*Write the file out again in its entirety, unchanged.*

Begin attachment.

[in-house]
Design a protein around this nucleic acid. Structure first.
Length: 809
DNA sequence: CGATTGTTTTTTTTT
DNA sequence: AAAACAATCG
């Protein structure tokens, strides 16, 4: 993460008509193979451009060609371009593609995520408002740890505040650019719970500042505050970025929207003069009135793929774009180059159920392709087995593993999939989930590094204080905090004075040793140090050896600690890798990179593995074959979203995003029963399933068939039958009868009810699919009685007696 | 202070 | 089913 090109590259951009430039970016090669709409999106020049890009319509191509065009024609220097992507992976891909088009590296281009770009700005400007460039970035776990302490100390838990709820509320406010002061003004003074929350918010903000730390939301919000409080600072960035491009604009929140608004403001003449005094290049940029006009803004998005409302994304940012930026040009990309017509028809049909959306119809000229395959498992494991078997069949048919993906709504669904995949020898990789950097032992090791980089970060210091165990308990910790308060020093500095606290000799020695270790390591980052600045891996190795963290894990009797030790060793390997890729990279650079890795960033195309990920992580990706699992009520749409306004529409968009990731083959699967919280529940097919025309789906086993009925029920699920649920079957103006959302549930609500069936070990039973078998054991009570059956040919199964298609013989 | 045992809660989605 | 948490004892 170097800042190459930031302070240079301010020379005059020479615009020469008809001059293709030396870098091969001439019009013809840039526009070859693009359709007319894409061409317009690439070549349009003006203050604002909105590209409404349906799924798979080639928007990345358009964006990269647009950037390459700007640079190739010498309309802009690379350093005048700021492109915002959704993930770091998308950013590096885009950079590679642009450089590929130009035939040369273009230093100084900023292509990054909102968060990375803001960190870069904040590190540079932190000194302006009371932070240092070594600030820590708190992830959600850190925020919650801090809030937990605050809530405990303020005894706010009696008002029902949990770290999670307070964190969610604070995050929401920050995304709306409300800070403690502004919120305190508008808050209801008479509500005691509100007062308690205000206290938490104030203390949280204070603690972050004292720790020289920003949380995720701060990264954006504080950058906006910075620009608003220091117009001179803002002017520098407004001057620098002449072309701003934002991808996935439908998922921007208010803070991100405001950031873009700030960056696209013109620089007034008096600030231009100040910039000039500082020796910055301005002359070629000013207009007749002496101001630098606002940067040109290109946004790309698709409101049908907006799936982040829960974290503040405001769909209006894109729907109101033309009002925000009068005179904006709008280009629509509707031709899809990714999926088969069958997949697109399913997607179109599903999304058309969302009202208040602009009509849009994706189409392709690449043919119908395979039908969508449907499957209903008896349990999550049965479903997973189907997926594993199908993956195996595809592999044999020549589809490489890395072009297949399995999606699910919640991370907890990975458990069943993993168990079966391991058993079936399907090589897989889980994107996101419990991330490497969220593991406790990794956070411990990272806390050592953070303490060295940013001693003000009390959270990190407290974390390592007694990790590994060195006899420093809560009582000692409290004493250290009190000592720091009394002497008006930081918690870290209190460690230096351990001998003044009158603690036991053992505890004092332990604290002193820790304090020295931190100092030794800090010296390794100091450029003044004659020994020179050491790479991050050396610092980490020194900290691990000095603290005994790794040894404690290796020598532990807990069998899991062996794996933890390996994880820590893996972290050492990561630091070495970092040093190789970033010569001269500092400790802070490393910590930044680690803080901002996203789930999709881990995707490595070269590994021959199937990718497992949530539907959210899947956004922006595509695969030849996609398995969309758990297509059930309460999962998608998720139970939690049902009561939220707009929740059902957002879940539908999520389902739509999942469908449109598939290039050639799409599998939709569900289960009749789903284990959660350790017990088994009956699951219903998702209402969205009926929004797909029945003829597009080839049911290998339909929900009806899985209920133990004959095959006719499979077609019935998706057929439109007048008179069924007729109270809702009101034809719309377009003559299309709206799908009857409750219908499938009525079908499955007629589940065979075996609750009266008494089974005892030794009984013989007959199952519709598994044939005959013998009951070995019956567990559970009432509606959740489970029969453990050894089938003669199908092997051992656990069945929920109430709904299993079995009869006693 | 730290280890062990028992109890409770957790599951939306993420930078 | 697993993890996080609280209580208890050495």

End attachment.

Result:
[in-house]
Design a protein around this nucleic acid. Structure first.
Length: 809
DNA sequence: CGATTGTTTTTTTTT
DNA sequence: AAAACAATCG
């Protein structure tokens, strides 16, 4: 993460008509193979451009060609371009593609995520408002740890505040650019719970500042505050970025929207003069009135793929774009180059159920392709087995593993999939989930590094204080905090004075040793140090050896600690890798990179593995074959979203995003029963399933068939039958009868009810699919009685007696 | 202070 | 089913 090109590259951009430039970016090669709409999106020049890009319509191509065009024609220097992507992976891909088009590296281009770009700005400007460039970035776990302490100390838990709820509320406010002061003004003074929350918010903000730390939301919000409080600072960035491009604009929140608004403001003449005094290049940029006009803004998005409302994304940012930026040009990309017509028809049909959306119809000229395959498992494991078997069949048919993906709504669904995949020898990789950097032992090791980089970060210091165990308990910790308060020093500095606290000799020695270790390591980052600045891996190795963290894990009797030790060793390997890729990279650079890795960033195309990920992580990706699992009520749409306004529409968009990731083959699967919280529940097919025309789906086993009925029920699920649920079957103006959302549930609500069936070990039973078998054991009570059956040919199964298609013989 | 045992809660989605 | 948490004892 170097800042190459930031302070240079301010020379005059020479615009020469008809001059293709030396870098091969001439019009013809840039526009070859693009359709007319894409061409317009690439070549349009003006203050604002909105590209409404349906799924798979080639928007990345358009964006990269647009950037390459700007640079190739010498309309802009690379350093005048700021492109915002959704993930770091998308950013590096885009950079590679642009450089590929130009035939040369273009230093100084900023292509990054909102968060990375803001960190870069904040590190540079932190000194302006009371932070240092070594600030820590708190992830959600850190925020919650801090809030937990605050809530405990303020005894706010009696008002029902949990770290999670307070964190969610604070995050929401920050995304709306409300800070403690502004919120305190508008808050209801008479509500005691509100007062308690205000206290938490104030203390949280204070603690972050004292720790020289920003949380995720701060990264954006504080950058906006910075620009608003220091117009001179803002002017520098407004001057620098002449072309701003934002991808996935439908998922921007208010803070991100405001950031873009700030960056696209013109620089007034008096600030231009100040910039000039500082020796910055301005002359070629000013207009007749002496101001630098606002940067040109290109946004790309698709409101049908907006799936982040829960974290503040405001769909209006894109729907109101033309009002925000009068005179904006709008280009629509509707031709899809990714999926088969069958997949697109399913997607179109599903999304058309969302009202208040602009009509849009994706189409392709690449043919119908395979039908969508449907499957209903008896349990999550049965479903997973189907997926594993199908993956195996595809592999044999020549589809490489890395072009297949399995999606699910919640991370907890990975458990069943993993168990079966391991058993079936399907090589897989889980994107996101419990991330490497969220593991406790990794956070411990990272806390050592953070303490060295940013001693003000009390959270990190407290974390390592007694990790590994060195006899420093809560009582000692409290004493250290009190000592720091009394002497008006930081918690870290209190460690230096351990001998003044009158603690036991053992505890004092332990604290002193820790304090020295931190100092030794800090010296390794100091450029003044004659020994020179050491790479991050050396610092980490020194900290691990000095603290005994790794040894404690290796020598532990807990069998899991062996794996933890390996994880820590893996972290050492990561630091070495970092040093190789970033010569001269500092400790802070490393910590930044680690803080901002996203789930999709881990995707490595070269590994021959199937990718497992949530539907959210899947956004922006595509695969030849996609398995969309758990297509059930309460999962998608998720139970939690049902009561939220707009929740059902957002879940539908999520389902739509999942469908449109598939290039050639799409599998939709569900289960009749789903284990959660350790017990088994009956699951219903998702209402969205009926929004797909029945003829597009080839049911290998339909929900009806899985209920133990004959095959006719499979077609019935998706057929439109007048008179069924007729109270809702009101034809719309377009003559299309709206799908009857409750219908499938009525079908499955007629589940065979075996609750009266008494089974005892030794009984013989007959199952519709598994044939005959013998009951070995019956567990559970009432509606959740489970029969453990050894089938003669199908092997051992656990069945929920109430709904299993079995009869006693 | 730290280890062990028992109890409770957790599951939306993420930078 | 697993993890996080609280209580208890050495």